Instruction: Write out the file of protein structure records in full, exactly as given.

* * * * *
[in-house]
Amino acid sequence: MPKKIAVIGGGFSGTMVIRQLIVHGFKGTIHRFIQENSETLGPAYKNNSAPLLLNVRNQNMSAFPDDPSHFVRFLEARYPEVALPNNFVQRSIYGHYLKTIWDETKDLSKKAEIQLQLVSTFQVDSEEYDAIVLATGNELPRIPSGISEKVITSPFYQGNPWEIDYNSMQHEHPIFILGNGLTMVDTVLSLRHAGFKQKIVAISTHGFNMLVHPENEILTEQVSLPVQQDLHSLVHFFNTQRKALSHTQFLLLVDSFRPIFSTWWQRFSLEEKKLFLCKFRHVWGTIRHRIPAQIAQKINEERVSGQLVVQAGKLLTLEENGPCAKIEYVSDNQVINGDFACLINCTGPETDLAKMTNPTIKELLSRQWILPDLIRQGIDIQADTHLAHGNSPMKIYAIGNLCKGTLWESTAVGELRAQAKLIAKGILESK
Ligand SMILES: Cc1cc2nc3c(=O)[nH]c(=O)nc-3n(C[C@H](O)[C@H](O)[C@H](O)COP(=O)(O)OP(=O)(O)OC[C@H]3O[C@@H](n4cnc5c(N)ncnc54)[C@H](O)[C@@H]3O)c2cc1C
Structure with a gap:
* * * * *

[in-house]
Amino acid sequence: MPKKIAVIGGGFSGTMVIRQLIVHGFKGTIHRFIQENSETLGPAYKNNSAPLLLNVRNQNMSAFPDDPSHFVRFLEARYPEVALPNNFVQRSIYGHYLKTIWDETKDLSKKAEIQLQLVSTFQVDSEEYDAIVLATGNELPRIPSGISEKVITSPFYQGNPWEIDYNSMQHEHPIFILGNGLTMVDTVLSLRHAGFKQKIVAISTHGFNMLVHPENEILTEQVSLPVQQDLHSLVHFFNTQRKALSHTQFLLLVDSFRPIFSTWWQRFSLEEKKLFLCKFRHVWGTIRHRIPAQIAQKINEERVSGQLVVQAGKLLTLEENGPCAKIEYVSDNQVINGDFACLINCTGPETDLAKMTNPTIKELLSRQWILPDLIRQGIDIQADTHLAHGNSPMKIYAIGNLCKGTLWESTAVGELRAQAKLIAKGILESK
Ligand SMILES: Cc1cc2nc3c(=O)[nH]c(=O)nc-3n(C[C@H](O)[C@H](O)[C@H](O)COP(=O)(O)OP(=O)(O)OC[C@H]3O[C@@H](n4cnc5c(N)ncnc54)[C@H](O)[C@@H]3O)c2cc1C
Structure with a gap: